13 Days Until Christmas
14 Days Until Abduction
In April of 1977, Whitley and Anne Strieber had been living in a small apartment on West Fifty-fifth Street in Manhattan for seven years. Though Whitley had experienced many anomalous things in his life, they had not yet shared many unusual encounters. The visitors would not become an overt presence in their lives for another decade.
One afternoon, as they sat in their living room listening to a record, an unfamiliar voice began to issue from one of the stereo speakers. The voice was clear and steady. It seemed to belong to a man in his thirties or forties. It said Whitley’s name twice.
Startled, Strieber asked, “Who are you?”, though he must have realized that two-way communication via stereo speaker was impossible.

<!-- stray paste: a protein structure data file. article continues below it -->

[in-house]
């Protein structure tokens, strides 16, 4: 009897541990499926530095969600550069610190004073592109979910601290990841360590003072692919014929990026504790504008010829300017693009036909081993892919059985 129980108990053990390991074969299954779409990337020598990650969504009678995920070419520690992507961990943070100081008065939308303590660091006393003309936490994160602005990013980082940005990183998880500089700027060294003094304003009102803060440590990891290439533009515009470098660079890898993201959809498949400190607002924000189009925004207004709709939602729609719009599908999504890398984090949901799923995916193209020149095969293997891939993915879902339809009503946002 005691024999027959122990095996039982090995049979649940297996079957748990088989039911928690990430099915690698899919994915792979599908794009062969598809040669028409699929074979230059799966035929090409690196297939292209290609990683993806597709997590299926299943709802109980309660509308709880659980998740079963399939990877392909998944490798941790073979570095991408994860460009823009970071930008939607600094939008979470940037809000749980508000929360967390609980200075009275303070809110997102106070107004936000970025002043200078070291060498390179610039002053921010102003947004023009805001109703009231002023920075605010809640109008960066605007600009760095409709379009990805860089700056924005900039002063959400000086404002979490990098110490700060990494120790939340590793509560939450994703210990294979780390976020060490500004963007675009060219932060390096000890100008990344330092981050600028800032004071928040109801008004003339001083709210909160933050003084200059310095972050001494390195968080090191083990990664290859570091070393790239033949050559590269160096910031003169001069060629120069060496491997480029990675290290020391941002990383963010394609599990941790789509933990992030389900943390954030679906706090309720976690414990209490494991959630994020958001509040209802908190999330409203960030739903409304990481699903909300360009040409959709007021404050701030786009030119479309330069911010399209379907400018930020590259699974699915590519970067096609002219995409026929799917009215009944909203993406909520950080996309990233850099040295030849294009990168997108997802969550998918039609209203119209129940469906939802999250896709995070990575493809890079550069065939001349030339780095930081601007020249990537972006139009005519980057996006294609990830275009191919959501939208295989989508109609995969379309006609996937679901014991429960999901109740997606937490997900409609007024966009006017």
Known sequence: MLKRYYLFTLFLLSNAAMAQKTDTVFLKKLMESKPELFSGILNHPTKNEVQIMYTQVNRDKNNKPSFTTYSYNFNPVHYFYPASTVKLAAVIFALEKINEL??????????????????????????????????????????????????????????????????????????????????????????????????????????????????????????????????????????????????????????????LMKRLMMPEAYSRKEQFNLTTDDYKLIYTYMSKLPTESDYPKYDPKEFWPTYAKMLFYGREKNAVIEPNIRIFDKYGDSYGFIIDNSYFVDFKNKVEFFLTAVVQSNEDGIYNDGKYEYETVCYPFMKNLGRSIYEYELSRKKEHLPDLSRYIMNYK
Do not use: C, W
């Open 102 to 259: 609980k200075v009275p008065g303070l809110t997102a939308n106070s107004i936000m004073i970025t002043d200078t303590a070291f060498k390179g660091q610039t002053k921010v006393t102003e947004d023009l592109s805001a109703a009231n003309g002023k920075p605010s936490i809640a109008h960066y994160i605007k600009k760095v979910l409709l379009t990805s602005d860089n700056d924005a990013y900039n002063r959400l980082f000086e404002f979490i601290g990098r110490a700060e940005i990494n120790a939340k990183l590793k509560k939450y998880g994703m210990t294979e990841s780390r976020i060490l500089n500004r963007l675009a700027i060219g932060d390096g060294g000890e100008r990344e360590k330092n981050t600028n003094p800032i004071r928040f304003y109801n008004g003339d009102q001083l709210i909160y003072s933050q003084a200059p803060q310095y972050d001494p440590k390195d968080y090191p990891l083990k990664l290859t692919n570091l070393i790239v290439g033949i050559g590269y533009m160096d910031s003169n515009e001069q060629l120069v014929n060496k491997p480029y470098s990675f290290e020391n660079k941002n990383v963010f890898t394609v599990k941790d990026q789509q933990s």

“I know who you are,” the voice replied. “I know you’re married. Hello, Anne.”
“Who are you?” Strieber asked again, growing angry.
The voice said, “I know something else about you.” Then it was silent.
A couple of days later, still angered by the voice, Strieber phoned the FCC to complain of interference. He suspected a prank by a neighbour. He was told that a conversation of the sort he described was not possible; stereos could occasionally pick up radio transmissions from police cars or cabs, but you could not carry on a discussion unless there was a microphone in the speaker. Strieber checked, and couldn’t find one.